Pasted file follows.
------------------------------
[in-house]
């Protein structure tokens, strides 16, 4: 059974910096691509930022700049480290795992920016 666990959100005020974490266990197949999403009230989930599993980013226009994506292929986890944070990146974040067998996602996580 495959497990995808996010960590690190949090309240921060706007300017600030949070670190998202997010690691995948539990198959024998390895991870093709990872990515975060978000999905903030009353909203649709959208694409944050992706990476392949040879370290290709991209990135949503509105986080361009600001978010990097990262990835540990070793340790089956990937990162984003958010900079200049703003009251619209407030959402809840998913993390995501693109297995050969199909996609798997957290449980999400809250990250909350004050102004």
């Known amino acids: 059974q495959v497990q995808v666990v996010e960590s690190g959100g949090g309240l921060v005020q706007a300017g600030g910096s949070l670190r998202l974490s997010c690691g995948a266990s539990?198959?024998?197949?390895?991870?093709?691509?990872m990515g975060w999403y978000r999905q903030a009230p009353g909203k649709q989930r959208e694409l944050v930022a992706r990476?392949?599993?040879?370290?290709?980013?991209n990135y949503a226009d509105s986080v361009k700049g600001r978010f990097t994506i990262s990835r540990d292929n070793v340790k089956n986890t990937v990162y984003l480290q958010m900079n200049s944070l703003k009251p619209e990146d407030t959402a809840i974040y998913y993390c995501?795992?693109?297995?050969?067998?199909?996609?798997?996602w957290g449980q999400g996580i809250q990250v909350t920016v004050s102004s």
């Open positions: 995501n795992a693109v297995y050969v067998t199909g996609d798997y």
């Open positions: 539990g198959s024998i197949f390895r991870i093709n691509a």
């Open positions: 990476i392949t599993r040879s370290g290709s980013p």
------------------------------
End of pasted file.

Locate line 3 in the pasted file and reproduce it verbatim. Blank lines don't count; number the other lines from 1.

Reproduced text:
């Known amino acids: 059974q495959v497990q995808v666990v996010e960590s690190g959100g949090g309240l921060v005020q706007a300017g600030g910096s949070l670190r998202l974490s997010c690691g995948a266990s539990?198959?024998?197949?390895?991870?093709?691509?990872m990515g975060w999403y978000r999905q903030a009230p009353g909203k649709q989930r959208e694409l944050v930022a992706r990476?392949?599993?040879?370290?290709?980013?991209n990135y949503a226009d509105s986080v361009k700049g600001r978010f990097t994506i990262s990835r540990d292929n070793v340790k089956n986890t990937v990162y984003l480290q958010m900079n200049s944070l703003k009251p619209e990146d407030t959402a809840i974040y998913y993390c995501?795992?693109?297995?050969?067998?199909?996609?798997?996602w957290g449980q999400g996580i809250q990250v909350t920016v004050s102004s």